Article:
Tim Sutton recognizes that now’s not the best time to open a movie about people being killed in a movie theater. At the same time, it could be the perfect time. With his third feature, “Dark Night,” which bowed at the 2016 Sundance Film Festival, the filmmaker has made an art film-thriller inspired by the 2012 Aurora, Colorado shooting during a showing of “The Dark Knight Rises.” It’s not a recreation of it, though. Instead it’s set during the day of a similar tragedy, following around six strangers (a teen, a vet, a selfie-obsessed woman, etc.) who may be a victim, a survivor or the killer himself. It doesn’t offer explanations for the act, but it does portray an alternate view of the American suburbs, where bored people deal with their problems in isolation, looking for some kind of transcendence. For one of them, the breakthrough comes in the form of unimaginable violence.
Sutton talks to us about why we shouldn’t subsist strictly on escapist fare, avoiding social issue statements and playing around with the film’s title.
The first time I saw “Dark Night” was last summer, when it played at BAMcinemafest. But I have to admit, when I tried to rewatch it for its theatrical release, it was at the end one of those days when Trump was ramming all these terrifying executive orders through. When I tried to put it on that night, I just couldn’t watch it. I had to do it another day.
I know. Trust me, you’re not alone. Here’s my argument, though: You can go watch “La La Land,” and you can forget everything about the world and about confusion and about frustration and about not knowing how exactly the world is going. And I think that’s bulls—. [Damien Chazelle] is a totally skilled filmmaker, he’s probably the best of his generation. He’s going to be a master. But he made a film that is basically putting gauze over people’s eyes so they don’t have to think about it. It’s sheer escapist entertainment. I think the world of cinema needs to have something else, like “Moonlight” or “Dark Night” or many other films, to show cinema is still engaged with the world.
I would argue dark films like this are therapeutic, too, in their way. They allow us to reach epiphanies, rather than only putting out head in the sand — which, I’d also argue, is important to do now and then as well.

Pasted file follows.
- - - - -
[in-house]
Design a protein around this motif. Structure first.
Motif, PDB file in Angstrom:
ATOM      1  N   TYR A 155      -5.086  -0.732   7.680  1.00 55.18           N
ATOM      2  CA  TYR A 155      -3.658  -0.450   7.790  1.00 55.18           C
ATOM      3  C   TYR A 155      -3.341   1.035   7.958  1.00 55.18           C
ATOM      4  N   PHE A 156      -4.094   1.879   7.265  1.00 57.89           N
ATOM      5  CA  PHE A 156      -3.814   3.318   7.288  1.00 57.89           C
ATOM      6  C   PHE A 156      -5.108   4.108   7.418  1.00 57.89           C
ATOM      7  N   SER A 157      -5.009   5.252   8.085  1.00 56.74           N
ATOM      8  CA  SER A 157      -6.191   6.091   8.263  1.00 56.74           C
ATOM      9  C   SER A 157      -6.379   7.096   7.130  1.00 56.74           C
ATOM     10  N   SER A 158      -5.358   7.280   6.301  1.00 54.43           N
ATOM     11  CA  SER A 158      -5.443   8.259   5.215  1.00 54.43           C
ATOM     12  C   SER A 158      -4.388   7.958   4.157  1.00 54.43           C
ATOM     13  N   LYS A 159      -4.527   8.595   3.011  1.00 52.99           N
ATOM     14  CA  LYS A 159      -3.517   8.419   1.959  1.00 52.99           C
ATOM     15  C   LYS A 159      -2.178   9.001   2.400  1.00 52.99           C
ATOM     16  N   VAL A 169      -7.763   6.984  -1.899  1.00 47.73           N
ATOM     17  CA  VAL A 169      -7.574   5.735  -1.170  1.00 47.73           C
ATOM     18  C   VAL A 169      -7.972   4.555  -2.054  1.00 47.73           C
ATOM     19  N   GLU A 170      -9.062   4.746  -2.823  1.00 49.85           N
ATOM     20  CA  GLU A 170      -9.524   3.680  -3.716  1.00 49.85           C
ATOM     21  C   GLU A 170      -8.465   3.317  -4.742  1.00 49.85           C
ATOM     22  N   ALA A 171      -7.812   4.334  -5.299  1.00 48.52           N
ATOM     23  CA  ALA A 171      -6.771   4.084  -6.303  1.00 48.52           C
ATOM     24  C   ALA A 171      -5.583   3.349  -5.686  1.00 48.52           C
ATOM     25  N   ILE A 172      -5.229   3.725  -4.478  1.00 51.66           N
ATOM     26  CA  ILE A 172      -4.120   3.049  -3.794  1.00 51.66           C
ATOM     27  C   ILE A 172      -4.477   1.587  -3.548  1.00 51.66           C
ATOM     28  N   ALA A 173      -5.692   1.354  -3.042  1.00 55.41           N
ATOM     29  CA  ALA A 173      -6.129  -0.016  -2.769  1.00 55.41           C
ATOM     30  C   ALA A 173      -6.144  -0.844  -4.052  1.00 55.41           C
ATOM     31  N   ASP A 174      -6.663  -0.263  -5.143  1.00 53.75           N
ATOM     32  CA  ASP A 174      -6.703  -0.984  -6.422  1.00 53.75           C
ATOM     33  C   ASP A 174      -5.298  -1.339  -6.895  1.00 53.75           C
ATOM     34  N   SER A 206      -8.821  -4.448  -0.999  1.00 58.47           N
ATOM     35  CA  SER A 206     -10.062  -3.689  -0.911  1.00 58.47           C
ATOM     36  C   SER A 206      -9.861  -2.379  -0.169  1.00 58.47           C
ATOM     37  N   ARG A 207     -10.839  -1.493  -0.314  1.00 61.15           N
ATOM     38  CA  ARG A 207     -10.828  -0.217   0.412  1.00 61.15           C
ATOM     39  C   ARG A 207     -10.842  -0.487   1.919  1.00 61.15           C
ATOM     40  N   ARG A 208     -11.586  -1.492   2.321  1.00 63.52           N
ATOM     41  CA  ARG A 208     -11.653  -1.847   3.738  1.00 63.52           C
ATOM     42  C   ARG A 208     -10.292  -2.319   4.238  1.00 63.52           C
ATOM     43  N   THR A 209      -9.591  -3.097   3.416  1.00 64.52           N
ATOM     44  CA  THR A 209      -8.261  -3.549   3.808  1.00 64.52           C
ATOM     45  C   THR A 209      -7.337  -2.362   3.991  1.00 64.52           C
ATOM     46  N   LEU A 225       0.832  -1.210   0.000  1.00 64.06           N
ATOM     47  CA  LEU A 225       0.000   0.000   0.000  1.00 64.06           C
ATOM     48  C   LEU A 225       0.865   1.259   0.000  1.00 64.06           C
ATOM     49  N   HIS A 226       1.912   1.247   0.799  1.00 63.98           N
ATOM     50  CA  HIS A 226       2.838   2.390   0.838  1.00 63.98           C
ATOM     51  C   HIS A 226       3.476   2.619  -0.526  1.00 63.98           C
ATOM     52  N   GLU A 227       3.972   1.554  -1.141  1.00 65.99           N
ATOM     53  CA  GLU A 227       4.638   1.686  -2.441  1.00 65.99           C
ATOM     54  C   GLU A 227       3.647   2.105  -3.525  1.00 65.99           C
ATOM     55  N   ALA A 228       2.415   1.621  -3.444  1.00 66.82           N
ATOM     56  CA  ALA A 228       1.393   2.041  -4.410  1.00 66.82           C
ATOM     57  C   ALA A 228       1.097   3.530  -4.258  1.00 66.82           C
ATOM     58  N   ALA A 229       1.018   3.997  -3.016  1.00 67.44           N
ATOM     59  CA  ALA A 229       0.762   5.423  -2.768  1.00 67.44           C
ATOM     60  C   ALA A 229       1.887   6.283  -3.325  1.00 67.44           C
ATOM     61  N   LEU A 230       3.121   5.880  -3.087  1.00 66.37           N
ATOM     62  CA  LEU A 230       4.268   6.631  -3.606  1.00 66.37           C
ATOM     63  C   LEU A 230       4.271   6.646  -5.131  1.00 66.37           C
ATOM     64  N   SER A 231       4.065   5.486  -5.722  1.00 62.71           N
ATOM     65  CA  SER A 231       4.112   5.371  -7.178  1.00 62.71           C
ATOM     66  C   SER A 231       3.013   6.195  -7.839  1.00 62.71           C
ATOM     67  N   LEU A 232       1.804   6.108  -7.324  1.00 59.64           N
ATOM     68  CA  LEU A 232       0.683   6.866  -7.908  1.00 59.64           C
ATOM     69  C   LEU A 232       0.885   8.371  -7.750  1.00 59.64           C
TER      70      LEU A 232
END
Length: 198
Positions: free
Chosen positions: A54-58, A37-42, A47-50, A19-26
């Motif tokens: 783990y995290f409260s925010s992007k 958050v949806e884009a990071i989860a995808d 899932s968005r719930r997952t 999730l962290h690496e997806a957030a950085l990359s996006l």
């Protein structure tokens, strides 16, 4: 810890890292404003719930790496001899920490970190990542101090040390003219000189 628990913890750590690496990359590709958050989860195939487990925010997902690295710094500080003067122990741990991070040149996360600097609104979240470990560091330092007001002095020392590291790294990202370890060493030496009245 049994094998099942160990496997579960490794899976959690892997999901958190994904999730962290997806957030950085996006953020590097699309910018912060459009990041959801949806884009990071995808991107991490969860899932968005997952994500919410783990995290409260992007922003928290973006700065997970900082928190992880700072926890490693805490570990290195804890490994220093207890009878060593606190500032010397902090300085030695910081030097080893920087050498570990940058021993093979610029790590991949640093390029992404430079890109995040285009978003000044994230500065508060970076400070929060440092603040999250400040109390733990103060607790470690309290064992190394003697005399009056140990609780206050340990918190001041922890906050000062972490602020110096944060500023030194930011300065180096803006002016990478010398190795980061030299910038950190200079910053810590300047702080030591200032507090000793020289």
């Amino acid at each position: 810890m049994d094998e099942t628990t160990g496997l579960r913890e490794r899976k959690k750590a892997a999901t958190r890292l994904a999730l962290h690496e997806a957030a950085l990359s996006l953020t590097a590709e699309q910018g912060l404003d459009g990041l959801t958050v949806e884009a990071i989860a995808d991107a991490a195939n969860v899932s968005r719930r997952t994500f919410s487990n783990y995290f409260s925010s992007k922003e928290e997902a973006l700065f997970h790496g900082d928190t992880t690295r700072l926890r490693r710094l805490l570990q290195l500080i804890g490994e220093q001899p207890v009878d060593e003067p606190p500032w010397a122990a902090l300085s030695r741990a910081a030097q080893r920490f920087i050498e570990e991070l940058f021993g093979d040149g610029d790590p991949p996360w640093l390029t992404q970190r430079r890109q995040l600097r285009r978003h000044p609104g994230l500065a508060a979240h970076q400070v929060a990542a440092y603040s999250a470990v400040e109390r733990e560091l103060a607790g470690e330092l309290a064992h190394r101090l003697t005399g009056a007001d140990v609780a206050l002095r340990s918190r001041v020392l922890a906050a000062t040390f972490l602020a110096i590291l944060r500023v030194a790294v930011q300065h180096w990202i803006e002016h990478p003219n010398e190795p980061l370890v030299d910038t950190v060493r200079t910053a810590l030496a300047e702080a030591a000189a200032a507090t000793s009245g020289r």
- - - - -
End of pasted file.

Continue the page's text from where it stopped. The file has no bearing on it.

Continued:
You do need to take breaks from it. You do need escapism. But you need to engage, too. The artist’s job right now is to ask that people engage — not demand, but ask.
“Dark Night” is definitely one that does that. But on one hand, it’s not about a shooting. It’s a look at a part of America, which looks like a lot of other places around America.
The film is set in Florida, but it could have been Tulsa, it could have been Minneapolis, it could have been Indianapolis. It could have been any small town that has a strip mall in it. The idea is these people in this landscape are suffering from a lack of connection. It could be emotional, it could be economic. It could be something that has to do with their immigration status, or they’re just back from the war and trying to get back into the day-to-day of American life.
There’s always a challenge, and that challenge doesn’t always come in the form of confrontation. It comes from a lack of communication. We’re all checking our likes on Facebook, but not necessarily picking up the phone to talk to people. We’re all wondering why these violent events happen, then we go to the movies and see giant explosions and masked vigilantes shooting up cities, and then go home and play our first-person shooter video games, where the object is to kill. There’s a deep fissure in the communal life in parts of America.
I suffer from it, too. The character who takes selfies all the time is based on me and my experiences. I’m on Instagram all the time. Does it really happen if I document it the way I want it to be seen on Instagram? There’s this whole ennui that is allowing people to either drift further away from each other or to sink into a fantasy. There’s this need to break out or break free. I think the people who are committing atrocities or horrible acts of violence in real life are trying to break through this boredom of theirs or this isolation and do something that can make a mark.
Still, the movie isn’t really trying to diagnose all the shooter’s motivations.
People have referred to this as a gun control movie, which it is not. My politics are absolutely left-wing. If it were up to me there would be no guns. But as an artist, it was really important to just observe what people are doing. I wanted people from all over this country to see this movie. Someone from a red state who’s a gun owner, who really believes in self-protection and all that, can see the guy cleaning his guns and shooting in the gun range and say, “Yeah, that’s legitimate, that’s what I do.” At the same time they have to watch the guy who absolutely should not have access to guns walk the streets and almost kill his neighbor, just because he’s disconnected and has lost his mind. The idea is that I’m not judging. I’m just showing as many layers of it as I can, while still trying to make a palatable movie.